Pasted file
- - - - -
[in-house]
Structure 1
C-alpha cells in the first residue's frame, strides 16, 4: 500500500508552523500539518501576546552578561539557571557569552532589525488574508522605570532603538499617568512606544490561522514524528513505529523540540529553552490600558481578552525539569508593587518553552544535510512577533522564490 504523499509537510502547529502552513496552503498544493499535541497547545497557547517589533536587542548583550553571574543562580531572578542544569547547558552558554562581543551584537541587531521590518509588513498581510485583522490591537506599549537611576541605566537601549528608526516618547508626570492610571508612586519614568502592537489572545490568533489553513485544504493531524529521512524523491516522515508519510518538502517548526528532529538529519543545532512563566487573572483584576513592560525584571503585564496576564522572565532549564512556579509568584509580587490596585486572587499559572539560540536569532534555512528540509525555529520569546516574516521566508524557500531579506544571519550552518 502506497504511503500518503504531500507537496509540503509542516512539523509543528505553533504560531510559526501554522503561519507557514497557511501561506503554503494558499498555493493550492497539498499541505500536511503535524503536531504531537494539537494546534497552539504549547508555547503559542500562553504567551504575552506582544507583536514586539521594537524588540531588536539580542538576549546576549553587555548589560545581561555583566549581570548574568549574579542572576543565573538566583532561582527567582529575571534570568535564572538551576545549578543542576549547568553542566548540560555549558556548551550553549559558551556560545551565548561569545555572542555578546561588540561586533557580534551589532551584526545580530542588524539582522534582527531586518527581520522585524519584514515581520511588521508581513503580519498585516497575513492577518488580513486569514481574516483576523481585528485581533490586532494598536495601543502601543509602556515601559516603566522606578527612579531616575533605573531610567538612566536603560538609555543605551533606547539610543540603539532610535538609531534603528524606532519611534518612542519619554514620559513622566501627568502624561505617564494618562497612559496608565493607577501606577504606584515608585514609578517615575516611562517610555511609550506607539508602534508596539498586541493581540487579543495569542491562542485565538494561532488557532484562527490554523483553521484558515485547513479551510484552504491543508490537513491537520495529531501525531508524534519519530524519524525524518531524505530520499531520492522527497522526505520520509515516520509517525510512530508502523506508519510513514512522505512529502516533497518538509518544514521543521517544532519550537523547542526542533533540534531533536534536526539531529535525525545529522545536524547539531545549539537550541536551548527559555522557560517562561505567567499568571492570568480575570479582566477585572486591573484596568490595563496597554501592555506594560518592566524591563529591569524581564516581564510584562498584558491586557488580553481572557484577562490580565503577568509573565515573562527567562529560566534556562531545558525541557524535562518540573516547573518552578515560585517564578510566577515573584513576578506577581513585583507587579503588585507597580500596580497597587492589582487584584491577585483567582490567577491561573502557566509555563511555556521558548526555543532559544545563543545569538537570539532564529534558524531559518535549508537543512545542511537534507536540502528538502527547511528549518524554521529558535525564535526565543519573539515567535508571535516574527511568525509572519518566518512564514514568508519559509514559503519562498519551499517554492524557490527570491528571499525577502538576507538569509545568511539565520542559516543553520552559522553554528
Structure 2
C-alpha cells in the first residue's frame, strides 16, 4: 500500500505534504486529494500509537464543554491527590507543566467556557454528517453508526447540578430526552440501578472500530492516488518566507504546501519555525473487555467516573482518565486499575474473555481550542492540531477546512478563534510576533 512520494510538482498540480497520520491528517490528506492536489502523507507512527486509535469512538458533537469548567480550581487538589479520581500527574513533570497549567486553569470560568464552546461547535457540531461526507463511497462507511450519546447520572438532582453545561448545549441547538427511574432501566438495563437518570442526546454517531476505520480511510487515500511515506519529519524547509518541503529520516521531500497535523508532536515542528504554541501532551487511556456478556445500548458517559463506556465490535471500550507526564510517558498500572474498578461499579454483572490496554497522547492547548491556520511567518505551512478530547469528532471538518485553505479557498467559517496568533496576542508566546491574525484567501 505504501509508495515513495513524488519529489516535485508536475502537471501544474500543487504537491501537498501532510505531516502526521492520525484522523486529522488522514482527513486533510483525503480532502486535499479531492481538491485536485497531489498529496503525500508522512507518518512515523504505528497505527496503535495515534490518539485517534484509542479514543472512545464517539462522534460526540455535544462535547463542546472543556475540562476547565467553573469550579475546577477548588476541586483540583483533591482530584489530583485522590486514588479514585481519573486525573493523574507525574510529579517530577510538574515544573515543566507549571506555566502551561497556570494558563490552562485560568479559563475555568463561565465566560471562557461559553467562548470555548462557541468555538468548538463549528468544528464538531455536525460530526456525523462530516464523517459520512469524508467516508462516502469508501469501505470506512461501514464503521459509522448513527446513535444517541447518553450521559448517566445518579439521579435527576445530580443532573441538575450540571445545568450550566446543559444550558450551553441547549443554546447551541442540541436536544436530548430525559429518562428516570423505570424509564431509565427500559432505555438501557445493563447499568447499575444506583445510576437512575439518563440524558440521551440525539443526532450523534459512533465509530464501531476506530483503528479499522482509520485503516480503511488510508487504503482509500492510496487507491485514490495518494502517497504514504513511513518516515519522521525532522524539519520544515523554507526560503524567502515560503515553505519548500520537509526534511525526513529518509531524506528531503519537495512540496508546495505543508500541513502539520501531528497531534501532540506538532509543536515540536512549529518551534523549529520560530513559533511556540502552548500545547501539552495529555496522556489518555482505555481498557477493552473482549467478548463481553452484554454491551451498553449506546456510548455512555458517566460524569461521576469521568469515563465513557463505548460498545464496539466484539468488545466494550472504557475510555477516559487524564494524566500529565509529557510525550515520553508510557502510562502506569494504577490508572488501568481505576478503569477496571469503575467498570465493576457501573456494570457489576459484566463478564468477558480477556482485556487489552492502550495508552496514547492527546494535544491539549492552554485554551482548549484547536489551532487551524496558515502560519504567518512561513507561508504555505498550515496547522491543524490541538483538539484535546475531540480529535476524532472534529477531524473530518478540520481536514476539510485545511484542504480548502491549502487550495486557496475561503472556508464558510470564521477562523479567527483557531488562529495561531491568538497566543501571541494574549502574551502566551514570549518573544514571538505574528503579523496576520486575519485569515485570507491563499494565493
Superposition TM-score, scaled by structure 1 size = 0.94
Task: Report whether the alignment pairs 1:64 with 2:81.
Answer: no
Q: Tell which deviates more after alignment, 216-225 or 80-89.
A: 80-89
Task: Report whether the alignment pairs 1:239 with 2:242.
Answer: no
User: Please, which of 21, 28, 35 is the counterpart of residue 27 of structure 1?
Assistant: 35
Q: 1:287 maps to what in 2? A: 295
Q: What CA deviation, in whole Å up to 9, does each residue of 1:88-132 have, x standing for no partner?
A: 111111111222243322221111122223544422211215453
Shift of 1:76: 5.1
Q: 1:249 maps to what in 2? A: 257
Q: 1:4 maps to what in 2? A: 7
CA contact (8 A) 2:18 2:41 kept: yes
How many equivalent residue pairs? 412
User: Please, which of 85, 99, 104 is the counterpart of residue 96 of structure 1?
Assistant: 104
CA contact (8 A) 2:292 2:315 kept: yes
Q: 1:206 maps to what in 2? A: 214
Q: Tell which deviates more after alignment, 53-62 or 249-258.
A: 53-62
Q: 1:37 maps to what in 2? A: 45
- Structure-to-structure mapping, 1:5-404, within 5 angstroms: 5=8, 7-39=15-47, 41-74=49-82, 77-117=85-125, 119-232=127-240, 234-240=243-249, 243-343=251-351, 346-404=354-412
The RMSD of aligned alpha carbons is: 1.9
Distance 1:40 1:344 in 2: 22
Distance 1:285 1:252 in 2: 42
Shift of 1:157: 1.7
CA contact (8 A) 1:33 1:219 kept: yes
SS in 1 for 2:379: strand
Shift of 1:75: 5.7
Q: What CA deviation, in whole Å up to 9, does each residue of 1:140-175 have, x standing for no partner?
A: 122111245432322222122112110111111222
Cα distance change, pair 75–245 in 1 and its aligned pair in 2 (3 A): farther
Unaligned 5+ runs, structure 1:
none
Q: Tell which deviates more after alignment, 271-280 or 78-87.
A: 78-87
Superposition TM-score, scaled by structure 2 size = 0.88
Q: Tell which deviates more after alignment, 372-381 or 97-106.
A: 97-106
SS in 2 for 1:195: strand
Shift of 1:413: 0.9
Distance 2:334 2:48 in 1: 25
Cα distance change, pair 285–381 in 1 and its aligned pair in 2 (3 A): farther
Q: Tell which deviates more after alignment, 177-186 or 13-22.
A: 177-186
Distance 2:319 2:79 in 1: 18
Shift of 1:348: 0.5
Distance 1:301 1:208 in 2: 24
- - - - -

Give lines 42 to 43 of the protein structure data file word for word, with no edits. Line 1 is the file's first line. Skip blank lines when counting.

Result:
none
Q: Tell which deviates more after alignment, 271-280 or 78-87.